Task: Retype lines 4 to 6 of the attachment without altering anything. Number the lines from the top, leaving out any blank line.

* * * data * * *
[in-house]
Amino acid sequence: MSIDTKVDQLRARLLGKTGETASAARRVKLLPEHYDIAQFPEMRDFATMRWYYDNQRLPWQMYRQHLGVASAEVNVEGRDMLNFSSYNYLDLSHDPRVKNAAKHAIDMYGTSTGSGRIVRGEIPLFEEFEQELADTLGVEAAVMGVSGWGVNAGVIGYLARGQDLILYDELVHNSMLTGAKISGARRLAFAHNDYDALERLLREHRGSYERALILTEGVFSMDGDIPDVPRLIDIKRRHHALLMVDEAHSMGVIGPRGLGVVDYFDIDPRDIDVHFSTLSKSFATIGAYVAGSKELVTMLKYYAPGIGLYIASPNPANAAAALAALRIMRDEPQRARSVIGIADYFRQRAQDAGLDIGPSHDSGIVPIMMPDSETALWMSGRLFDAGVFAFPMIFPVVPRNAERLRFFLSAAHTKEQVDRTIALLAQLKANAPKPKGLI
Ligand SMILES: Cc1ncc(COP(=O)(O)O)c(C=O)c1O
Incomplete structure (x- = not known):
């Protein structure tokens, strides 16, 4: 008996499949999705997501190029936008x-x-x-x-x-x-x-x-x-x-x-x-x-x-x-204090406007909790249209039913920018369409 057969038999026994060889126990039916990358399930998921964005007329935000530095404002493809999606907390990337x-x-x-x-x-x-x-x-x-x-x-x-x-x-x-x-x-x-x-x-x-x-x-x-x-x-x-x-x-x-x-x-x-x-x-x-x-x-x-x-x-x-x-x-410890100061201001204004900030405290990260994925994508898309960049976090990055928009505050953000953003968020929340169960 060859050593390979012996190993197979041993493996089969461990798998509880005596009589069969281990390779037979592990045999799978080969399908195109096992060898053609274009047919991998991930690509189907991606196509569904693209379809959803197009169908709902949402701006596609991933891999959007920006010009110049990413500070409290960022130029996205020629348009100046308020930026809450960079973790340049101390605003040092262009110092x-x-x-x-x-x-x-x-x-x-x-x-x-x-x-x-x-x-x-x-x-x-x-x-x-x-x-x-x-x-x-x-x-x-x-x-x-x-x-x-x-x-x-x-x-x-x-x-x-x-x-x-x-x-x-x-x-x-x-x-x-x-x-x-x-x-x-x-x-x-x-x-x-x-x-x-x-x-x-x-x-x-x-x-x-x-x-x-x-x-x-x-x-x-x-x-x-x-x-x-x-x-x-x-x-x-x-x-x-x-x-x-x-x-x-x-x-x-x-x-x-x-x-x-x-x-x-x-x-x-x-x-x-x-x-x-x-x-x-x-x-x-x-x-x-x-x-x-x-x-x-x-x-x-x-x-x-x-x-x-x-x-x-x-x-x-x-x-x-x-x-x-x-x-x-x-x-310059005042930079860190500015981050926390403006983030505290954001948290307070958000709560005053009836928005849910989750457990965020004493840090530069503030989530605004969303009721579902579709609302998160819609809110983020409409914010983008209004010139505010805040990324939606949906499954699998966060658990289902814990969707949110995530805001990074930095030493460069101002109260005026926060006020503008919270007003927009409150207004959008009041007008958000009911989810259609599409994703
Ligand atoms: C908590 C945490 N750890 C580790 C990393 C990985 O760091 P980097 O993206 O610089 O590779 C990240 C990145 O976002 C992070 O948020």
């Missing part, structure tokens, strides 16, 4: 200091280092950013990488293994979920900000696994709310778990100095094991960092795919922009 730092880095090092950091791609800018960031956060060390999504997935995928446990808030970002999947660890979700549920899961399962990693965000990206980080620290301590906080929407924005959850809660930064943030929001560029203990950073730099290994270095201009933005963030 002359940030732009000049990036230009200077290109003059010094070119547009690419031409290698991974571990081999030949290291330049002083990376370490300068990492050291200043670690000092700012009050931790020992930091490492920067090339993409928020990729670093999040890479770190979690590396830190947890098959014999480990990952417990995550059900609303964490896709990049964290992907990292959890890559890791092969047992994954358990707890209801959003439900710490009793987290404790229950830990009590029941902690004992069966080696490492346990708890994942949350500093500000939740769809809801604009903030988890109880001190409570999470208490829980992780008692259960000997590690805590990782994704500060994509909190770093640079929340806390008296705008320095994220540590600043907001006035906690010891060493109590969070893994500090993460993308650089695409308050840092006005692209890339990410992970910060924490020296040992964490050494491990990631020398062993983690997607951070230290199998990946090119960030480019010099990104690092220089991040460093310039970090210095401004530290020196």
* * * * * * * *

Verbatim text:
Incomplete structure (x- = not known):
């Protein structure tokens, strides 16, 4: 008996499949999705997501190029936008x-x-x-x-x-x-x-x-x-x-x-x-x-x-x-204090406007909790249209039913920018369409 057969038999026994060889126990039916990358399930998921964005007329935000530095404002493809999606907390990337x-x-x-x-x-x-x-x-x-x-x-x-x-x-x-x-x-x-x-x-x-x-x-x-x-x-x-x-x-x-x-x-x-x-x-x-x-x-x-x-x-x-x-x-410890100061201001204004900030405290990260994925994508898309960049976090990055928009505050953000953003968020929340169960 060859050593390979012996190993197979041993493996089969461990798998509880005596009589069969281990390779037979592990045999799978080969399908195109096992060898053609274009047919991998991930690509189907991606196509569904693209379809959803197009169908709902949402701006596609991933891999959007920006010009110049990413500070409290960022130029996205020629348009100046308020930026809450960079973790340049101390605003040092262009110092x-x-x-x-x-x-x-x-x-x-x-x-x-x-x-x-x-x-x-x-x-x-x-x-x-x-x-x-x-x-x-x-x-x-x-x-x-x-x-x-x-x-x-x-x-x-x-x-x-x-x-x-x-x-x-x-x-x-x-x-x-x-x-x-x-x-x-x-x-x-x-x-x-x-x-x-x-x-x-x-x-x-x-x-x-x-x-x-x-x-x-x-x-x-x-x-x-x-x-x-x-x-x-x-x-x-x-x-x-x-x-x-x-x-x-x-x-x-x-x-x-x-x-x-x-x-x-x-x-x-x-x-x-x-x-x-x-x-x-x-x-x-x-x-x-x-x-x-x-x-x-x-x-x-x-x-x-x-x-x-x-x-x-x-x-x-x-x-x-x-x-x-x-x-x-x-x-310059005042930079860190500015981050926390403006983030505290954001948290307070958000709560005053009836928005849910989750457990965020004493840090530069503030989530605004969303009721579902579709609302998160819609809110983020409409914010983008209004010139505010805040990324939606949906499954699998966060658990289902814990969707949110995530805001990074930095030493460069101002109260005026926060006020503008919270007003927009409150207004959008009041007008958000009911989810259609599409994703
Ligand atoms: C908590 C945490 N750890 C580790 C990393 C990985 O760091 P980097 O993206 O610089 O590779 C990240 C990145 O976002 C992070 O948020």